“One thing with Carson is he’s seeing the field extremely well,” Pederson said during minicamp. “He’s doing things out there that you might not see while watching practice, that we see while watching practice, from a communication standpoint with the offensive line: protections, subtle changes with routes, things that he sees that most people won’t and most young quarterbacks don’t at this [point] with where we are in the offseason. But he’s absorbing everything. He’s learning.”
WHAT YOU MISSED
“We do have the talent that it takes to be one of the best offensive lines in the National Football League, but it’s going to take time.” NFC East Roundup.
“The Eagles own a line that is likely to improve over last year due to upgrades among both their starters and backups.” Weekend Reading.
What are some benchmarks that Carson Wentz will need to accomplish to become the team’s next franchise QB?
Ryan Mathews looks to be the top back, but after that can get messy. Taking a look at the running back depth chart.
WHAT THEY’RE SAYING
Last night, the Eagles announced former player and head coach Marion Campbell passed away, reports CSN Philly’s Reuben Frank.
Campbell, affectionately known as “Swamp Fox,” began his coaching career with the Falcons in 1969 and became the Falcons’ head coach in 1974. He was [Dick] Vermeil’s defensive coordinator from 1977 through 1982 and replaced Vermeil when he stepped down after the 1982 season.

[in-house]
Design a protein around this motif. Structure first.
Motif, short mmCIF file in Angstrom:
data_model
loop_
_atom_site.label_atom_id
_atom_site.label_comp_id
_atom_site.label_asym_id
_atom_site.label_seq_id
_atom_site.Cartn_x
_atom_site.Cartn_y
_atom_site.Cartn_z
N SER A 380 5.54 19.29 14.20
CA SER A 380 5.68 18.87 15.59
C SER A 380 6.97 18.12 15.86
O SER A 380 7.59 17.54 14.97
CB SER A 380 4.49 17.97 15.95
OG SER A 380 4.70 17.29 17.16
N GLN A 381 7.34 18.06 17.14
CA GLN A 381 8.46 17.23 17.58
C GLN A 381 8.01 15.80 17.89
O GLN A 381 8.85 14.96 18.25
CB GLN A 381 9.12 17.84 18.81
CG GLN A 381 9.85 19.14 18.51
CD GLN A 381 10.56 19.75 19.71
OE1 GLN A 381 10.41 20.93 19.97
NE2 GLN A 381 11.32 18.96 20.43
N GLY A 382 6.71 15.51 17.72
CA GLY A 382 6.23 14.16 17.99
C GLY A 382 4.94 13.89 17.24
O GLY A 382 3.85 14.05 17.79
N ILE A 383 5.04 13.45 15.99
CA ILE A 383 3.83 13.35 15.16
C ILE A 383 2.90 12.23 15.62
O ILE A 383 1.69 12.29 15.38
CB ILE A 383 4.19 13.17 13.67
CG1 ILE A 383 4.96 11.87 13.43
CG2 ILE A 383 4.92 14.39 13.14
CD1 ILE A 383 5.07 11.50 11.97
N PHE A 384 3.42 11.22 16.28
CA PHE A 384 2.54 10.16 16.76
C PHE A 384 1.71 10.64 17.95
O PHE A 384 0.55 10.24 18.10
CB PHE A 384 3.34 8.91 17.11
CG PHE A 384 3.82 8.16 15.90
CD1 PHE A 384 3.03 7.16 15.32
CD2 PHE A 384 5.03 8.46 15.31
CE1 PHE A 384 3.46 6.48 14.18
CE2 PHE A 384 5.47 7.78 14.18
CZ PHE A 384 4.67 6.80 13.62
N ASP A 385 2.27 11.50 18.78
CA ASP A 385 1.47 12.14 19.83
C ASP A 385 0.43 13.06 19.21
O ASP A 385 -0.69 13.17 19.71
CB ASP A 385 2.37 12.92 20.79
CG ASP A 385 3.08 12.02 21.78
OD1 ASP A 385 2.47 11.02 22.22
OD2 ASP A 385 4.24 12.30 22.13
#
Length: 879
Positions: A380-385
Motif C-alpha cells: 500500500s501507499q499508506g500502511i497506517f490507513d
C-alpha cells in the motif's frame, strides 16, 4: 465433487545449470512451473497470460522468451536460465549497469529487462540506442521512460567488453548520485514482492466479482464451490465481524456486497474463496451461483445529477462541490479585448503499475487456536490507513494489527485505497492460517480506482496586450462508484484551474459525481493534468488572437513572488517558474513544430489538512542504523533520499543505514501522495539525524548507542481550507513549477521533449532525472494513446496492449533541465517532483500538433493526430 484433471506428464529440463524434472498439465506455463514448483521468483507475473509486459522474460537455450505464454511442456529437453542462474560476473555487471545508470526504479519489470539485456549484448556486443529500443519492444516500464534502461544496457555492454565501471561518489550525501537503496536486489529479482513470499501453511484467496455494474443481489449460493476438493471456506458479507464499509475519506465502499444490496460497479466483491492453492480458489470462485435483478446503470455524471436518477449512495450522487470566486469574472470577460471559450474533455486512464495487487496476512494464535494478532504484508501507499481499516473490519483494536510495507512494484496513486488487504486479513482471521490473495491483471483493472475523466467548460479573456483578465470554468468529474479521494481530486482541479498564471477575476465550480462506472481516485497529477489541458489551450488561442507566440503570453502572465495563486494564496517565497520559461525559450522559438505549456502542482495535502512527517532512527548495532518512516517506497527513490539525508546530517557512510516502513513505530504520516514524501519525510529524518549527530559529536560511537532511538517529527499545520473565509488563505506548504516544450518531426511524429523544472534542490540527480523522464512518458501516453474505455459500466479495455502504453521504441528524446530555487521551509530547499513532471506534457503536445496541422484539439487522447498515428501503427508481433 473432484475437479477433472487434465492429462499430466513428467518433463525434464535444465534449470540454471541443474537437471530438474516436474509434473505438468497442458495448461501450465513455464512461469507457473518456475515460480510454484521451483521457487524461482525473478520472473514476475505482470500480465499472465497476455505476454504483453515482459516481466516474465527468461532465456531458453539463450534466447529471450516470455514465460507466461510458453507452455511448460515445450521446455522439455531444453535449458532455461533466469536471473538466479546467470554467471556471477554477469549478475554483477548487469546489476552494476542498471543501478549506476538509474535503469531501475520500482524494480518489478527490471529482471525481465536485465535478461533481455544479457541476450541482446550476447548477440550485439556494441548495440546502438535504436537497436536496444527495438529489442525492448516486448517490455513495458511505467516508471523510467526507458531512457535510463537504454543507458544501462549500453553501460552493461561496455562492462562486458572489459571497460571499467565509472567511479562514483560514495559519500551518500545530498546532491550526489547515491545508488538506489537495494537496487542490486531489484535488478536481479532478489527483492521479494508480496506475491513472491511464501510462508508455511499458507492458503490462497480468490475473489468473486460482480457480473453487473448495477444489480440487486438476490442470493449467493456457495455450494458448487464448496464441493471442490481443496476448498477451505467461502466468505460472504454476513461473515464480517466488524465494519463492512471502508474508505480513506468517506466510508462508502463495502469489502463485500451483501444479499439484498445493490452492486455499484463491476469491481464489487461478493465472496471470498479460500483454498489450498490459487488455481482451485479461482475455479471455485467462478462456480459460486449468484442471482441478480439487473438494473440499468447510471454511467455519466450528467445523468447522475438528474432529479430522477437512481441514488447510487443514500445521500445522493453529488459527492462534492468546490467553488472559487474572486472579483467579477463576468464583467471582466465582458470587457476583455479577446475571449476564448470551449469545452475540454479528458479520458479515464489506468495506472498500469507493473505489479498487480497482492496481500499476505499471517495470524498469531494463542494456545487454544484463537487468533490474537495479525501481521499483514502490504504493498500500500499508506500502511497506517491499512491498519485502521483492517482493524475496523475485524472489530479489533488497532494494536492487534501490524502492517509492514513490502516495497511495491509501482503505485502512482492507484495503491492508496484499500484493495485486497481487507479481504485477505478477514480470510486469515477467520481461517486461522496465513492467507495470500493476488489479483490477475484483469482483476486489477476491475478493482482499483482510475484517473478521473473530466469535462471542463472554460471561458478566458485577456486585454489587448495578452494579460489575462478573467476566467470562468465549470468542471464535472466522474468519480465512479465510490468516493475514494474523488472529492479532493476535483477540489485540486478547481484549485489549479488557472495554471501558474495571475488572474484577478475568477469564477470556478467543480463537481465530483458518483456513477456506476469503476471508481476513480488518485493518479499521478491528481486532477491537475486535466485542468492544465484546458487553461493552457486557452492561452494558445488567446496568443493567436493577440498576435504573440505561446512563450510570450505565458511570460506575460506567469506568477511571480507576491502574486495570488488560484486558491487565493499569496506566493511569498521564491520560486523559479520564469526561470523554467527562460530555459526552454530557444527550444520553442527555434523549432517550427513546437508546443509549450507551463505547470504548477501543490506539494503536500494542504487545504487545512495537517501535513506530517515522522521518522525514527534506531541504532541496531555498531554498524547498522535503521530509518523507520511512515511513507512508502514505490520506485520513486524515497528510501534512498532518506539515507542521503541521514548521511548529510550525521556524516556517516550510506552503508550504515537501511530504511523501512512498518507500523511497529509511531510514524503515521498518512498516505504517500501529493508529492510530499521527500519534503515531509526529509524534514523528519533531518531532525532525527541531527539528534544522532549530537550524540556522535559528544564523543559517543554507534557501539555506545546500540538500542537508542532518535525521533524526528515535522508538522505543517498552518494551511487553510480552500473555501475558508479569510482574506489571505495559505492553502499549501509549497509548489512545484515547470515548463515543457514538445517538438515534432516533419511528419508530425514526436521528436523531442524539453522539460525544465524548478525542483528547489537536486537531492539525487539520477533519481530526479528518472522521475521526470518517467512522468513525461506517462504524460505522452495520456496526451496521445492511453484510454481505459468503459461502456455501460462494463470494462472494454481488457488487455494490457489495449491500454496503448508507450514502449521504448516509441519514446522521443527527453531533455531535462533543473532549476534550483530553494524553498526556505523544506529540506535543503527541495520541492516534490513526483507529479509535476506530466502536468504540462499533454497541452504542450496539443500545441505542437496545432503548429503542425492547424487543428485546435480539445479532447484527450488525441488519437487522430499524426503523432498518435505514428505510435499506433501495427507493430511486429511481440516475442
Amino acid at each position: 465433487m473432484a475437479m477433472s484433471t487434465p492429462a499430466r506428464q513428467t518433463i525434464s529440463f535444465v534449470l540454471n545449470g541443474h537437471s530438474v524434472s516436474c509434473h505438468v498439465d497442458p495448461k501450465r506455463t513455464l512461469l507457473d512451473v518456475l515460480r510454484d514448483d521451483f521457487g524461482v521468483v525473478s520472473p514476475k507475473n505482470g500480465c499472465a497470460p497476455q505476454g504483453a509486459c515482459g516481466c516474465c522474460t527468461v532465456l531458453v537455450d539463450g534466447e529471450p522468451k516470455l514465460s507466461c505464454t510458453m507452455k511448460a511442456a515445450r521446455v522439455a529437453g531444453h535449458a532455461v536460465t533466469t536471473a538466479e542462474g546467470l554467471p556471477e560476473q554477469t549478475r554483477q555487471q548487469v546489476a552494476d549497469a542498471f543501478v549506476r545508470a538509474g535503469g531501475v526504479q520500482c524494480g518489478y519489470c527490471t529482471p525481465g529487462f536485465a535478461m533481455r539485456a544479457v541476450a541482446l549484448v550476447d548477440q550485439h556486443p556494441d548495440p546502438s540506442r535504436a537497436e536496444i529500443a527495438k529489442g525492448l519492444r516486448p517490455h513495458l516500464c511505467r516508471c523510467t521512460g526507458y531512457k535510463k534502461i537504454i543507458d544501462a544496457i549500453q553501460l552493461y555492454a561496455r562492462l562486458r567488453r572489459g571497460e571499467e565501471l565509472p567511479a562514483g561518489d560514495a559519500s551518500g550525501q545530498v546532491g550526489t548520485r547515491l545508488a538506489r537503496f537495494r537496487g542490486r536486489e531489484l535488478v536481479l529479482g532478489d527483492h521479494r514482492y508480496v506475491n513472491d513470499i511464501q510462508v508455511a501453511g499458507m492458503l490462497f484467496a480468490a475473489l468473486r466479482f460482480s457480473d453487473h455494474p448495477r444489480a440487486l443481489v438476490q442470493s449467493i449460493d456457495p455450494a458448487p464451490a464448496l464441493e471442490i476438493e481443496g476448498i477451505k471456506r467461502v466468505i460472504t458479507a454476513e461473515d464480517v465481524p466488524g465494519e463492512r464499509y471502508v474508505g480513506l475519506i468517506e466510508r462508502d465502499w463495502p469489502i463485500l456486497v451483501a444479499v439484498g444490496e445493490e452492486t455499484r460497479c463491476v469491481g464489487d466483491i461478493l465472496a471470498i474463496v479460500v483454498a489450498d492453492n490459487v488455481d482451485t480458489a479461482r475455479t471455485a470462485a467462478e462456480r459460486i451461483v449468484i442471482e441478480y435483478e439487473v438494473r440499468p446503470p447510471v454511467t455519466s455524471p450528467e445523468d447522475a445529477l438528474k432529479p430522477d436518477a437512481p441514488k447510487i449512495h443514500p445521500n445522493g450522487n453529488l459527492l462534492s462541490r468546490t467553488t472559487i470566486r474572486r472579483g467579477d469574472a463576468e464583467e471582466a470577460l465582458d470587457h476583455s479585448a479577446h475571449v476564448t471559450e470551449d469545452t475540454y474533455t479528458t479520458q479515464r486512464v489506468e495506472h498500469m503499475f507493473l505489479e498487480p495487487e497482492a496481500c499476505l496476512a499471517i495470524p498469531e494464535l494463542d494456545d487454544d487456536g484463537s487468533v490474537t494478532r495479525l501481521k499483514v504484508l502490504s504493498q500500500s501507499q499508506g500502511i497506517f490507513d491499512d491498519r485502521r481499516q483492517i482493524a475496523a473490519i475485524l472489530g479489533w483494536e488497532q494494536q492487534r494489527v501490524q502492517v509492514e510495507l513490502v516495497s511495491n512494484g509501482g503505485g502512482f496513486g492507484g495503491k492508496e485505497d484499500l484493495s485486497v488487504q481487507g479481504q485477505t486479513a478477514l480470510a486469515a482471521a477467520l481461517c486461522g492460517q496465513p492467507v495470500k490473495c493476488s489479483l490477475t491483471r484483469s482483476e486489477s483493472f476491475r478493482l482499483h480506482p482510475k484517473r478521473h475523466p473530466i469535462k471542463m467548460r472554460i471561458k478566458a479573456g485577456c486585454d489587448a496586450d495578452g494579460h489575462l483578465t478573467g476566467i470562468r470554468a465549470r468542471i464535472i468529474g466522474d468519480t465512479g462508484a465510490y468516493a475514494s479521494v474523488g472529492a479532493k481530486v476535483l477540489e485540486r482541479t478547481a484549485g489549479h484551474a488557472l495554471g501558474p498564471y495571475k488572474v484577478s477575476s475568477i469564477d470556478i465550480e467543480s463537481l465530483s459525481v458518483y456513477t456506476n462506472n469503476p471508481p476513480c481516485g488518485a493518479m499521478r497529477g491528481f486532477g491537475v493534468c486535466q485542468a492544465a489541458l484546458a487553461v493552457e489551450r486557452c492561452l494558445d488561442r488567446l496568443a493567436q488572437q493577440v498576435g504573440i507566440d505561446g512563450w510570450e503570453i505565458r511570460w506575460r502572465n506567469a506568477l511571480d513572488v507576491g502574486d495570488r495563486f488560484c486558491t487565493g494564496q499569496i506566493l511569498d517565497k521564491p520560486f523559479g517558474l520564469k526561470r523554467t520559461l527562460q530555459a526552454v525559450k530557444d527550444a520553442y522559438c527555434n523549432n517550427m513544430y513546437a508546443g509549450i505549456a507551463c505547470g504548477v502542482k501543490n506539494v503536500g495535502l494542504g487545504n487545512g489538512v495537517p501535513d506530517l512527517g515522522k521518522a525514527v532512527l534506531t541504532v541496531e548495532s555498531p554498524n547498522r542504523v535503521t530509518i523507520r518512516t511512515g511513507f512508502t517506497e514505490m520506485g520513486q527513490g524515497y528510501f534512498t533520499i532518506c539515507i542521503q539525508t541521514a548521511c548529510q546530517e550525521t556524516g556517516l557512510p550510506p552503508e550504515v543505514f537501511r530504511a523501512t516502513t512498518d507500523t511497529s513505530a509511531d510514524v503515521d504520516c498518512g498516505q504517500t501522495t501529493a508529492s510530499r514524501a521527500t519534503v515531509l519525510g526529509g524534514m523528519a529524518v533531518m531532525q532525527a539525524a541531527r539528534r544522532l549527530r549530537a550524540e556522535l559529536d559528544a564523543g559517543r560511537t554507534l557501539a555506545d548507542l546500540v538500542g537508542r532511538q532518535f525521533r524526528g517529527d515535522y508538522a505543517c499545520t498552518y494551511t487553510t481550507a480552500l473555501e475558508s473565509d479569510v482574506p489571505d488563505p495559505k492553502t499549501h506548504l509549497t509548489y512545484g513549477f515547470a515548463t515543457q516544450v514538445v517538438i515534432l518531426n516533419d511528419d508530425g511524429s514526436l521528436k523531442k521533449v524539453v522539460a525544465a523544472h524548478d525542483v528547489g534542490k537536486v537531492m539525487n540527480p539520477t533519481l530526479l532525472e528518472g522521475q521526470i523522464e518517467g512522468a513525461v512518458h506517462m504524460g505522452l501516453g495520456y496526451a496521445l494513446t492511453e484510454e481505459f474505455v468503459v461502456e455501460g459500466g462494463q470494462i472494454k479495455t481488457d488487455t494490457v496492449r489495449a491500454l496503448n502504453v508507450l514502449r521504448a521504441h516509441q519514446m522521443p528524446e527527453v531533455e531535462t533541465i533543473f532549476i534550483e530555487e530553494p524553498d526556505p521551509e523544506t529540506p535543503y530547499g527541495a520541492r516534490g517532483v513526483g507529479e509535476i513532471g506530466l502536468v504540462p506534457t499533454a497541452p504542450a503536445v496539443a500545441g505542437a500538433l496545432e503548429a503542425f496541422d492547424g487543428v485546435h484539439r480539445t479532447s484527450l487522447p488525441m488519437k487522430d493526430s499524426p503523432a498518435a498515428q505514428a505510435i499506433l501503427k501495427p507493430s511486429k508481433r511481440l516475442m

In his tenure as defensive coordinator, the Eagles led the NFL in scoring defense twice and ranked first in yards allowed once and second once.
In three years as the Eagles’ head coach, Campbell’s teams went 17-29-1 and didn’t reach the playoffs.
But those years were critical because under Campbell and personnel chief Lynn Stiles the Eagles acquired players such as Randall Cunningham, Reggie White, Wes Hopkins, Andre Waters and Gregg Garrity, who would become key players under [Buddy] Ryan, their next head coach.
After Norman Braman fired Campbell late in the 1985 season, he returned to the Falcons for a second stint as head coach, this one running from 1987 through 1989.
Tommy Lawlor compares Carson Wentz to Ben Roethlisberger.
If Carson can have anything close to Big Ben’s career, the Eagles will have made a great investment. The Steelers played in one Super Bowl between 1980 and 2003, losing to Dallas in 1995. They drafted Ben in 2004 and have been to 3 Super Bowls, winning a pair of them. Pittsburgh was a very good franchise before Ben got there, but they couldn’t get over the hump.
People love to talk about winning titles based on defense. Sure the Ravens did it in 2000 and the Bucs in 2002. Denver somewhat did that last year, although their offense was middle of the pack, not bad. But those tend to be anomalies. Ask Steelers fans of the 1990’s about trying to win the big game by running the ball and playing good defense. They couldn’t do it. Once they got their QB, the world changed.
I know there are some concerns with Carson. Will the jump from a small school to the NFL be too much? Can he learn to read defenses quicker? Does he hold the ball too long? Those were all concerns with Ben and he overcame them, although he still holds the ball too long at times. That weakness also helps him to create some big plays.
There is no doubting the fact Carson has a lot of talent. His potential is through the roof.
Tim returns from his time aboard the Birds 24/7 yacht.
Chris Jastrzembski contributed to this post.